Video: A.G. Schneiderman At Hearing In Buffalo On Disclosure Requirements For Nonprofits Engaged In Electioneering

 

BUFFALO – Attorney General Eric T. Schneiderman delivered opening remarks today at a hearing in Buffalo on his proposed election disclosure requirements for New York nonprofits registered with the Attorney General’s office.

Video of the Attorney General’s remarks is available online here: www.youtube.com/watch?v=qJJ22gDOyEA&feature=youtu.be.

In December, Attorney General Schneiderman announced new regulations requiring nonprofit groups, including 501(c)(4) “social welfare” organizations that are registered with the state, to report the percentage of their expenditures that go to federal, state and local electioneering. Those groups that spend at least $10,000 to influence state and local elections in New York will be required to file itemized schedules of expenses and contributions. Under the proposed new rules, those disclosures will be released to the public.

The following are excerpts from the Attorney General’s statement at the start of today’s hearing:

On the Influence of “Dark Money” on Campaigns: “Last November, we got a glimpse of what can happen when nonprofits that conceal the identity of their donors invade our electoral process. We saw more than $400 million dollars in undisclosed funding flood into the American political system in 2012… Big, secretive campaign expenditures have the potential to do even more damage in local elections – like those that you’ll be holding here in Buffalo this year. We are here today to say ‘not in New York State.’”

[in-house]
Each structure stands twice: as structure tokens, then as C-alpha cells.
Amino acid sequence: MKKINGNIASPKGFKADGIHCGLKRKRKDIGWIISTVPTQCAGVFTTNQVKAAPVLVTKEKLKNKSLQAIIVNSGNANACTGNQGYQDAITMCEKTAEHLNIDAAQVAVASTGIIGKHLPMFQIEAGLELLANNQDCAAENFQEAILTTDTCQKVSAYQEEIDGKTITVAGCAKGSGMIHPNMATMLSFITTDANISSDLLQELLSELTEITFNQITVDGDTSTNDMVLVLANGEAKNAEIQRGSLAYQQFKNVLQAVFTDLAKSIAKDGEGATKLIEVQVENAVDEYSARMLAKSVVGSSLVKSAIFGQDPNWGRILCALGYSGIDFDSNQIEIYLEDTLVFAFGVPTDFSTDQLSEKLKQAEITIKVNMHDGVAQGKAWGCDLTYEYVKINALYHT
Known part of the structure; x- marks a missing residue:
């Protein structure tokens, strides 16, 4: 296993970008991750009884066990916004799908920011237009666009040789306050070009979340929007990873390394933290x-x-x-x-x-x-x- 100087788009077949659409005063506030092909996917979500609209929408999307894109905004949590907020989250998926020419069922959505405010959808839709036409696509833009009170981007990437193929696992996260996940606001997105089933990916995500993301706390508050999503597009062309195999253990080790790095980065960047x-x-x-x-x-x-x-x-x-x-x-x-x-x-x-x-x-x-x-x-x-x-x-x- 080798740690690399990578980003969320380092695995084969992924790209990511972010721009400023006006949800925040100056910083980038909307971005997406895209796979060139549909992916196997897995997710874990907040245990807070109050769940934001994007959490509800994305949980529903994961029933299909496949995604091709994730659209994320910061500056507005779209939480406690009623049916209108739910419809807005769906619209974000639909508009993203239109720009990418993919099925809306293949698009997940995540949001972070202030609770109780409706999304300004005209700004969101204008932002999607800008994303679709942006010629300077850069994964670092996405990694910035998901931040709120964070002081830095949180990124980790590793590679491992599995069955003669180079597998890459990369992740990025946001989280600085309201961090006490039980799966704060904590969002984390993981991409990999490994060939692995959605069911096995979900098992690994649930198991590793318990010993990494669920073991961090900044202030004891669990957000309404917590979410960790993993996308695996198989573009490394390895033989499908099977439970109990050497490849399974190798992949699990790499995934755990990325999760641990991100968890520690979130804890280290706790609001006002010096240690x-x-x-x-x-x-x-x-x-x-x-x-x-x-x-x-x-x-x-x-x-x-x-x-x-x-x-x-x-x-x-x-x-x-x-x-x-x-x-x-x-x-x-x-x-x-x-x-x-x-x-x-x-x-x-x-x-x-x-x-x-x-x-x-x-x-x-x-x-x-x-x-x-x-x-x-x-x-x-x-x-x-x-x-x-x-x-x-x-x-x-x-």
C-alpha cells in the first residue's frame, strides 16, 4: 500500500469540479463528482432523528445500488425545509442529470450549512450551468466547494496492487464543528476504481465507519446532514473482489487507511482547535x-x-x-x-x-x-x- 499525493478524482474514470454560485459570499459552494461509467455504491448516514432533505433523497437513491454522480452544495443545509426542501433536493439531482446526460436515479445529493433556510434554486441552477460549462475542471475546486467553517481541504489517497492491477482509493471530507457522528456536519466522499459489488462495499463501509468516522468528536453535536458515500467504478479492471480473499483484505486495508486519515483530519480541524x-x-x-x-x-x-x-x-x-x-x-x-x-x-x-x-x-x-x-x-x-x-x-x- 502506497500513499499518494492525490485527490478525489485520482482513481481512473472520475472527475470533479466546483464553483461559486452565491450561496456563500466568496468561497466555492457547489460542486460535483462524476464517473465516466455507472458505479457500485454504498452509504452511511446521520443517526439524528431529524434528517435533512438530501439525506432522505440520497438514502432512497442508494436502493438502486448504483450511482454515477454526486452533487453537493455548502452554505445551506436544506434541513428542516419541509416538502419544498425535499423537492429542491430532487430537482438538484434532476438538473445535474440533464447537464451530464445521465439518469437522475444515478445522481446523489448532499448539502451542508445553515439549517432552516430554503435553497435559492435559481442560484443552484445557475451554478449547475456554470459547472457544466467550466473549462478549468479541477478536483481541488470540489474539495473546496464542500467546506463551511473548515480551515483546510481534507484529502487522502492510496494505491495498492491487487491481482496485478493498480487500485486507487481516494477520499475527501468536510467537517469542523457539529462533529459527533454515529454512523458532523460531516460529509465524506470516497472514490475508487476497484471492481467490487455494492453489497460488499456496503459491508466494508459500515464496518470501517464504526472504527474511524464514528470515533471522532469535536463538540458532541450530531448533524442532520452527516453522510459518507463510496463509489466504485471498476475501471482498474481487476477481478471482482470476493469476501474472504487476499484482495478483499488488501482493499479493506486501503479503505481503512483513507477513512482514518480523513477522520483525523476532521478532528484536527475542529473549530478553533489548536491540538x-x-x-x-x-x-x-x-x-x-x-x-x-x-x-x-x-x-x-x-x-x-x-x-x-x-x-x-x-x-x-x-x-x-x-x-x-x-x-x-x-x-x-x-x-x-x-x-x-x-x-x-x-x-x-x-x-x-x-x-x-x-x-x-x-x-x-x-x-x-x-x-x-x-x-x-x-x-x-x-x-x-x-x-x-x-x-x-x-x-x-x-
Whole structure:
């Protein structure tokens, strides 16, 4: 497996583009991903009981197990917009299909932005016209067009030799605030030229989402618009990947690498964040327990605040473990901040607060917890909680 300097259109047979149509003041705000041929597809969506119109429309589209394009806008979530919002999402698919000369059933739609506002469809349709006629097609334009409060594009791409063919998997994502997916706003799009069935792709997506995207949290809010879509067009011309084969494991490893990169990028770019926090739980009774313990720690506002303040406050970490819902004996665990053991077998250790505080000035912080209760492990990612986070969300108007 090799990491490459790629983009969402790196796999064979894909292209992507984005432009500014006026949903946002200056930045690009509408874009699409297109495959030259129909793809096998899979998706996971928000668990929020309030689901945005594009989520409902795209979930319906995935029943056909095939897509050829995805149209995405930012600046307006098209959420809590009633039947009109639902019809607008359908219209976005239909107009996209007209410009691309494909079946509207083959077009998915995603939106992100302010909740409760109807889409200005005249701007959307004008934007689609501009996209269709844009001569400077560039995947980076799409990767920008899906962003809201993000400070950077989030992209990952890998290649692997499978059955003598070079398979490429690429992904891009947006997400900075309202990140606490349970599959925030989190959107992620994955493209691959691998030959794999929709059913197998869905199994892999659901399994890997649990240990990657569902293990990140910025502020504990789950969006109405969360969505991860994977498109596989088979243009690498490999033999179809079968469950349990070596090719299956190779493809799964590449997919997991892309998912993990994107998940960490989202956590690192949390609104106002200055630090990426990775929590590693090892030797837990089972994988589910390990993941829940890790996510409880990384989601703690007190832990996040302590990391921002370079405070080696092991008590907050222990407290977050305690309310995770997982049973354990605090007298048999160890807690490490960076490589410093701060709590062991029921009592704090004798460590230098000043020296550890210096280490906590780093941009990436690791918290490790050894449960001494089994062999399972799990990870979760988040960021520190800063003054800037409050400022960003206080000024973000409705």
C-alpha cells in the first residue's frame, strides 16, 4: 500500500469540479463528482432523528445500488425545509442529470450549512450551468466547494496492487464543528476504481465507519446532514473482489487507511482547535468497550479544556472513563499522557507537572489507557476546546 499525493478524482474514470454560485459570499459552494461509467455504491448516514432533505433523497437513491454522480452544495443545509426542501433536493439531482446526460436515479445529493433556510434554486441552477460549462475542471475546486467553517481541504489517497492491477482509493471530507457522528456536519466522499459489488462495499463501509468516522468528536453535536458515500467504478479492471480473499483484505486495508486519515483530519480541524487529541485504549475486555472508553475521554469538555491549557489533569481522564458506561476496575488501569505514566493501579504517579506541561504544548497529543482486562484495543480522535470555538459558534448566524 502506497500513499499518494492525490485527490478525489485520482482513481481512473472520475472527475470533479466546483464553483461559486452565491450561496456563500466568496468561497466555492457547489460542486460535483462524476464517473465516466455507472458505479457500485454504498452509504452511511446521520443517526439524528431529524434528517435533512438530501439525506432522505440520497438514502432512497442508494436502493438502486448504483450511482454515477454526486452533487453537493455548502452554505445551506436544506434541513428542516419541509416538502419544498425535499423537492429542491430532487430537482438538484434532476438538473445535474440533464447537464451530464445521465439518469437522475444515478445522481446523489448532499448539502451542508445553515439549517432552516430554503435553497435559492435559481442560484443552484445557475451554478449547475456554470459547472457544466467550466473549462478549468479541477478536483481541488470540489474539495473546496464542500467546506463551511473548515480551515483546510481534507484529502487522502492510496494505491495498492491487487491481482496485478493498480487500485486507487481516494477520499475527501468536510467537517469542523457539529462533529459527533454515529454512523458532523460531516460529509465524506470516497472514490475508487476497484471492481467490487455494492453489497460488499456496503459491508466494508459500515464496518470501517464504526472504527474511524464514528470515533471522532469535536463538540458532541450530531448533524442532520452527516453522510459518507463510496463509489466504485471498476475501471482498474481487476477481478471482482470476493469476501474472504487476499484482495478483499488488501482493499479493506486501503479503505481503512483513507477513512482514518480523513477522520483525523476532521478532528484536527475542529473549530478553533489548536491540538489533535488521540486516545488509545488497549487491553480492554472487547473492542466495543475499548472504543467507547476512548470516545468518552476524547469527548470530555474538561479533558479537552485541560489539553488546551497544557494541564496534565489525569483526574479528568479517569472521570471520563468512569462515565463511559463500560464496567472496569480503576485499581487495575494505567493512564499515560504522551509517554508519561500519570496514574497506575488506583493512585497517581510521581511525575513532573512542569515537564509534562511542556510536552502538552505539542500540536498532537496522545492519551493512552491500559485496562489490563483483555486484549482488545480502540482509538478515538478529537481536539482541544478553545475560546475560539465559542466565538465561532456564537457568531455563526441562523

On Protecting New York Charities & Donors: “The fact that these groups lay claim to nonprofit status creates a particularly offensive form of confusion. Most New Yorkers understand nonprofits to be organizations that provide important public benefits, not vehicles for flooding the airwaves with campaign ads. Because that is what they are supposed to be. Our proposed regulations will keep New York donors informed, and protect them from being misled.”

On Overturning Citizen’s United: “We need to develop a long-term strategy to address unregulated flows of money into the political process. New Yorkers, like all Americans, need to have faith in their government and their elected leaders. This means stopping corruption – and the appearance of corruption – that comes from unregulated political cash. Let me be clear, and maybe even a little bit blunt: We need to create the record for a successful effort to overturn Citizens United.”

On Campaign Finance Reform: “We need to expand public campaign financing systems. The Supreme Court has made it difficult to lower the ceiling on spending by special interests, but we can raise the floor with public financing and give all candidates a chance to compete.”

The fourth and final hearing on the proposed regulations will be Wednesday, February 27 in Mineola, NY.

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